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Productivity Has Its Limits: Why Your Need to Rest is a Blessing from God


The bane of every musicians existence. We’re usually so great at being focused, disciplined and productive. These are enormous blessings, without a doubt, but can also have pit falls.

First of all, praise God for the gifts of discipline and productivity. God can channel enormous grace through a productive disposition, to bring about beautiful realities through cooperation with His grace, and good, holy human work. St. Josemaria Escriva, the founder of Opus Dei and one of the great saints of our modern age, was dedicated to the sanctification of daily work. He speaks about encounters with God through moments of dedicated productivity. While certainly a very countercultural approach to work, it’s undoubtedly an important means of achieving everyday holiness.

Part of the beauty of our work as musicians is that our job is never finished. Perfection isn’t attainable, so there are always infinite possibilities for growth, and thus, infinite possibilities for holiness. It’s normal for our jobs to go through seasons. Sometimes we get to work on rep that we absolutely love, and practicing feels easy and fun. Other times though, the industry is uniquely challenging, rife with unwarranted personal criticisms, seriously moral and ethical dilemmas, and, let’s admit it, occasionally bad music. How beautiful that all of those experiences, the good, the bad, and everything in between, can all be offered up to God.

But, all that said, productivity has its limits. Much of our western world is hyper-focused on work, at the expense of more important values. I am increasingly learning that life is all about finding the median. Work is an undoubtedly important value, but so too are times of rest, celebration, and quality time with family and friends. God has blessed us with ALL of these things, and so we must work to find ways to incorporate these blessings into our daily lives.

Often, that feels way easier said than done. Even with the best of intentions, musicians schedules are often unpredictable and unstable. Making time for things outside of work takes a certain dedication of its own, but it’s a discipline which merits enormous graces and great fruits. Not only does rest merit us socially, mentally and physically (which, may I remind you, is the very outlet through which we produce our music! Take care of your bodies!), but it also reaps enormous spiritual benefits. God is able to work most effectively in a heart that is peaceful and rested, and when He has the room to work in our hearts, then it will naturally follow that the resulting graces will overflow into the rest of our lives- including our music. This is the primary reason why rest is just as necessary as productivity. We are only able to properly cooperate with God if we incline our hearts toward Him in all that we do.

In case you need any further convincing, here are just a few (of literally thousands, if not millions) of the important benefits of resting-

It appears in the Bible many times. God rested from His work on the Sabbath. When Elijah was despairing, the angel told him to take a nap and eat some pancakes (always sound Biblical advice). So many Psalms speak about resting in the Lord. These stories are indicative of a deep understanding of mankind’s innate need for rest, and can even be considered one of the ways in which we reflect God’s Image and Likeness. God rested after His work of creation, and so too should we rest after work!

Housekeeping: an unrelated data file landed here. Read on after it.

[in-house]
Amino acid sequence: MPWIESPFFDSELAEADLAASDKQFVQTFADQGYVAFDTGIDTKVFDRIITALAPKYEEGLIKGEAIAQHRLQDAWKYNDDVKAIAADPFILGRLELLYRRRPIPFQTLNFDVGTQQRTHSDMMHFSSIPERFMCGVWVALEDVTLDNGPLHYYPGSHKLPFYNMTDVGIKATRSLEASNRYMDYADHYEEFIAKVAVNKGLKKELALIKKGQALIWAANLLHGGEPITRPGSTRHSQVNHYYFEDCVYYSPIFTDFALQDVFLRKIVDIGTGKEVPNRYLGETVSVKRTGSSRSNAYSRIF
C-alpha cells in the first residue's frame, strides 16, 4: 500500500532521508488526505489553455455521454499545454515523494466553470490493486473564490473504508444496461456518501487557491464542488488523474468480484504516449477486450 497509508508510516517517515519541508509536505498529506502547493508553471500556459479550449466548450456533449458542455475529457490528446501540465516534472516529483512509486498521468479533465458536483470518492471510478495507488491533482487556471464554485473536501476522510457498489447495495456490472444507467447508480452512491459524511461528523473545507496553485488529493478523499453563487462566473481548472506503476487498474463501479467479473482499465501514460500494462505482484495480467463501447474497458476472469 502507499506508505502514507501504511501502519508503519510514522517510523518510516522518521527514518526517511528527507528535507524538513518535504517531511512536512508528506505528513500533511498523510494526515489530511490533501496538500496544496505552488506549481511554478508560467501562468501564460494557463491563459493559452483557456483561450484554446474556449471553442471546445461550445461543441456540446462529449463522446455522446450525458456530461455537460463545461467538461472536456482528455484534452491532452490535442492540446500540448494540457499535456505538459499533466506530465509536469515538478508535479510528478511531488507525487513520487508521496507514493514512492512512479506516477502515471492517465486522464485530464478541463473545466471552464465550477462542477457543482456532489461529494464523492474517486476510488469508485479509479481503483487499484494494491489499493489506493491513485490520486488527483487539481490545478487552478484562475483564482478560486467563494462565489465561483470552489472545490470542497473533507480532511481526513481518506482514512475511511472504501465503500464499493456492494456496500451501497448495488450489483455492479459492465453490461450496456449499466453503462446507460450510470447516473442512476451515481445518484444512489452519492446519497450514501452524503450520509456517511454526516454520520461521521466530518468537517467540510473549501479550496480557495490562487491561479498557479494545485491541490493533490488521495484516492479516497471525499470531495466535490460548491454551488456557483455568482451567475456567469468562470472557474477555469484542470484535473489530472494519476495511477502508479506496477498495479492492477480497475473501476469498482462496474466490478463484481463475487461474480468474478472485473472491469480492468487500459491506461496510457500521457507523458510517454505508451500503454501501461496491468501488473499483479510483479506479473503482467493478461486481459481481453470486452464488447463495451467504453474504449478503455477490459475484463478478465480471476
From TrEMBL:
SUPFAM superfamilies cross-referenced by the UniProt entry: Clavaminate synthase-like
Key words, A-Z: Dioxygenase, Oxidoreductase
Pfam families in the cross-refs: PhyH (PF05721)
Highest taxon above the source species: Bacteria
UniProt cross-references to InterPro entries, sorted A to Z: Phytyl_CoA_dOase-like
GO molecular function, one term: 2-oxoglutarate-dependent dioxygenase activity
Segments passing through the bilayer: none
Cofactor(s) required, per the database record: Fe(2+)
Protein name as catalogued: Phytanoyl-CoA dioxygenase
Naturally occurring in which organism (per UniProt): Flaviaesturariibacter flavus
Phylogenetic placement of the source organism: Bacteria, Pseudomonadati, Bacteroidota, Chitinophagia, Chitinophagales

Resting makes us better musicians. The positive physical and mental effects of good sleep are well documented. So it naturally follows that we will literally perform better with adequate rest. As a chronically sleep deprived musician, I can very much attest that good sleep makes everything feel easier- from juries, to practice session, to performances, to academic lectures, and everything in between!

Resting allows the time and space for the correct ordering of priorities. I barely slept at all during my high school and college years. I was so inundated with work, and did yes yes by trying to achieve my academic and professional goals that I cast sleep to the side. And, right alongside it, I inadvertently also cast aside many relationships, my physical well being, my actual enjoyment of everyday life, and, in some ways, a rightly-ordered spiritual life. I didn’t mean to, of course, but I had accidentally turned achievement into an idol, and placed many important aspect of my life on the altar of sacrifice. Worldly achievements are not necessarily bad, but they also won’t help us achieve salvation on our own. Thus, they must always be kept in their proper order, and it becomes infinitely more difficult to achieve that order when your brain is exhausted and you haven’t had the time or space to properly consider the importance of those things you’re sacrificing in the name is success.

I could write hundreds more little paragraphs about why allowing yourself to rest is so important. Eventually, this is a lesson we will all be forced to learn, one way or another, if we don’t implement healthy rest time early in our professional lives. My high school mentor always used to tell me “Take the time to rest now, or your body will force you to rest later”. I wish I’d listened to her advice sooner, and I would have saved myself a lot of difficulties in college and beyond.

Full disclosure, this post is late going up because I haven’t taken the proper time to rest recently, and my body has punished me for it. So, take it from someone who knows –



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